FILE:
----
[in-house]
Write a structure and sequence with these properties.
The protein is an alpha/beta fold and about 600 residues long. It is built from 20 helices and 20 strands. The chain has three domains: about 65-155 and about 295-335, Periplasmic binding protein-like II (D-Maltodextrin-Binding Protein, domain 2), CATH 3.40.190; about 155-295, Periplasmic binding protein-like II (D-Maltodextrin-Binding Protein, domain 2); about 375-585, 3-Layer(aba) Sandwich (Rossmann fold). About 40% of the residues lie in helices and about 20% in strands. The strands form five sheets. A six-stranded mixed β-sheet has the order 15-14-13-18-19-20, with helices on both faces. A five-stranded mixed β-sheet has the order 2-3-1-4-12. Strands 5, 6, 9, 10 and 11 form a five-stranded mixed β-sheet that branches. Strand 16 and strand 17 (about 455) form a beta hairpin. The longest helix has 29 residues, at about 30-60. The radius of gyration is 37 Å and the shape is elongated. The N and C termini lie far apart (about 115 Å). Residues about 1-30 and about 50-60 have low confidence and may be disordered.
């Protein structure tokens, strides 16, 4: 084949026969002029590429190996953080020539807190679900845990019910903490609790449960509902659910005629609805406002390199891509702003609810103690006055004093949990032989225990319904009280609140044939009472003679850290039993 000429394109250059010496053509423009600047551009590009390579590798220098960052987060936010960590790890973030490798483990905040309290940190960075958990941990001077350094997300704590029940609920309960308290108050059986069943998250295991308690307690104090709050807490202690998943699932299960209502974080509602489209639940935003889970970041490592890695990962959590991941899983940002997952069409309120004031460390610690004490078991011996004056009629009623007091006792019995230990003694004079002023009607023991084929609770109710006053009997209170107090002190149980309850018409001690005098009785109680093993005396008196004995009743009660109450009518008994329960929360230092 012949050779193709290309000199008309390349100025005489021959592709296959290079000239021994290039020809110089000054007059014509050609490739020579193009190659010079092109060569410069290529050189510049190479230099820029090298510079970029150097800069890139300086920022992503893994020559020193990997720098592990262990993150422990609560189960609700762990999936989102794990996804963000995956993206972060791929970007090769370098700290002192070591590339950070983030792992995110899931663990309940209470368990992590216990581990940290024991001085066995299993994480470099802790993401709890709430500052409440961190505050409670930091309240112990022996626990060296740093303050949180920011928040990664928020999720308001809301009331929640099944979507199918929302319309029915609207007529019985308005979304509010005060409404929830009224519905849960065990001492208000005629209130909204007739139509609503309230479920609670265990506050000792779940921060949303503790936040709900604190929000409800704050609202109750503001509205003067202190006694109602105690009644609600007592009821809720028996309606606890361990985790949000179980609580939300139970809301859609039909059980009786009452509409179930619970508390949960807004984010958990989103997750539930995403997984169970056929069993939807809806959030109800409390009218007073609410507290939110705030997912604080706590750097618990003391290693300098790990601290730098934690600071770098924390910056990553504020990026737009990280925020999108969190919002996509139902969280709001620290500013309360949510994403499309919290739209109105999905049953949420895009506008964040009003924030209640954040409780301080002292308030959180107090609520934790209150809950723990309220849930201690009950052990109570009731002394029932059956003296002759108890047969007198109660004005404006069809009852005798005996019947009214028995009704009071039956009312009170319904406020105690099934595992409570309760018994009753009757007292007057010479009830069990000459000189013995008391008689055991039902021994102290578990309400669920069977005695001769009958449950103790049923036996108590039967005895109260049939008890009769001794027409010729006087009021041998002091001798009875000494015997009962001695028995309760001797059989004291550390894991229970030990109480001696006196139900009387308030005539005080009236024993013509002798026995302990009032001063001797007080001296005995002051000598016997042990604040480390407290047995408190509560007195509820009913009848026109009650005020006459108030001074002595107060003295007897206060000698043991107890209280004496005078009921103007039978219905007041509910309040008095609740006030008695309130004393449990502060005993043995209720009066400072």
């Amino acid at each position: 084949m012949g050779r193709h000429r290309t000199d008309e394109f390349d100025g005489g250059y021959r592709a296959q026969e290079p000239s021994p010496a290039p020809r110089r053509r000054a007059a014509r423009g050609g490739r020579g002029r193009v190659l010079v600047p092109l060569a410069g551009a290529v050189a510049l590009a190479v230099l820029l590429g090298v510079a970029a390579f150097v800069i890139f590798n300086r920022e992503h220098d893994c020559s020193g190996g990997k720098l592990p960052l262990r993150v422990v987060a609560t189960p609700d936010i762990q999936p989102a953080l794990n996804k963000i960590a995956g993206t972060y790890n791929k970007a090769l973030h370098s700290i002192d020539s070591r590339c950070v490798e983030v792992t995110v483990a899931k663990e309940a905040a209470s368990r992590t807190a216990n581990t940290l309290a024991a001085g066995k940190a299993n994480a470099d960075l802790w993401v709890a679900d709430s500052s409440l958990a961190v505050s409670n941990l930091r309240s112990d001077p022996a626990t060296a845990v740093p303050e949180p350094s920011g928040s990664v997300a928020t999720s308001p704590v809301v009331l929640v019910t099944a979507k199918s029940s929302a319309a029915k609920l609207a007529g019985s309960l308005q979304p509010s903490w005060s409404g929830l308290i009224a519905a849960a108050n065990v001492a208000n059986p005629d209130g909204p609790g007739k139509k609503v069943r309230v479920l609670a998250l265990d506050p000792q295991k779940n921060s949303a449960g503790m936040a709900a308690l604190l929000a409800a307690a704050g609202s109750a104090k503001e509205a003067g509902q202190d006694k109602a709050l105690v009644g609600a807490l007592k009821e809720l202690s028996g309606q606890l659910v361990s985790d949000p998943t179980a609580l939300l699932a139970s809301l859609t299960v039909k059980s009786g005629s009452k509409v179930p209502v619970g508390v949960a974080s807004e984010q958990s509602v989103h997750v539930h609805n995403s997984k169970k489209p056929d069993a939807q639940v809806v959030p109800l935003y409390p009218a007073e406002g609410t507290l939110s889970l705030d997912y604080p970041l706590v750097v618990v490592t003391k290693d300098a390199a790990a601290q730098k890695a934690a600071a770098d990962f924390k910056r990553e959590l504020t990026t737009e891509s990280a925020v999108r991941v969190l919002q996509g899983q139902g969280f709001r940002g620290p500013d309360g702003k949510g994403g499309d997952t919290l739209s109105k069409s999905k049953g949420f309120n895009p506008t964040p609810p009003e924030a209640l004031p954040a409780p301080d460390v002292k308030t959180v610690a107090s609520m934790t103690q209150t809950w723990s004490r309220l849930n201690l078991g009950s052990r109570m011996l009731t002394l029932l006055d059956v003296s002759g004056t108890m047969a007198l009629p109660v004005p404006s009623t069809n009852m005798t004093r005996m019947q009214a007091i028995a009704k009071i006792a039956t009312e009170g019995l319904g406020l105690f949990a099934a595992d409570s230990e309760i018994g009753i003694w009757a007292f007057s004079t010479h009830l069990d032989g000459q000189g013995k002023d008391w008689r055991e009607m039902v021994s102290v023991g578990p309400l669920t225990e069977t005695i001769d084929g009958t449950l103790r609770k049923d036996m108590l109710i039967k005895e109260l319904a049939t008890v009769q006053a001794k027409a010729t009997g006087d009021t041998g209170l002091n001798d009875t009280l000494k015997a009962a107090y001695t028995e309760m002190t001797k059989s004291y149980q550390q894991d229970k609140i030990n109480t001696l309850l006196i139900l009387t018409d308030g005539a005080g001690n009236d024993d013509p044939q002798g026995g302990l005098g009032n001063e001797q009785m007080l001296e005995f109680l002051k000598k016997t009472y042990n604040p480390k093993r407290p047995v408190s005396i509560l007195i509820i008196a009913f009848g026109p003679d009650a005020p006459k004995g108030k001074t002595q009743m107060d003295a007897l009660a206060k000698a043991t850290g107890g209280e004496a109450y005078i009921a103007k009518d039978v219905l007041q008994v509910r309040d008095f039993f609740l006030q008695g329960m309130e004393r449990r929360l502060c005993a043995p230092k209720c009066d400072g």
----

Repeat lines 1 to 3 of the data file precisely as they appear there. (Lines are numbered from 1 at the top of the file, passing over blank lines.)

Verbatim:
[in-house]
Write a structure and sequence with these properties.
The protein is an alpha/beta fold and about 600 residues long. It is built from 20 helices and 20 strands. The chain has three domains: about 65-155 and about 295-335, Periplasmic binding protein-like II (D-Maltodextrin-Binding Protein, domain 2), CATH 3.40.190; about 155-295, Periplasmic binding protein-like II (D-Maltodextrin-Binding Protein, domain 2); about 375-585, 3-Layer(aba) Sandwich (Rossmann fold). About 40% of the residues lie in helices and about 20% in strands. The strands form five sheets. A six-stranded mixed β-sheet has the order 15-14-13-18-19-20, with helices on both faces. A five-stranded mixed β-sheet has the order 2-3-1-4-12. Strands 5, 6, 9, 10 and 11 form a five-stranded mixed β-sheet that branches. Strand 16 and strand 17 (about 455) form a beta hairpin. The longest helix has 29 residues, at about 30-60. The radius of gyration is 37 Å and the shape is elongated. The N and C termini lie far apart (about 115 Å). Residues about 1-30 and about 50-60 have low confidence and may be disordered.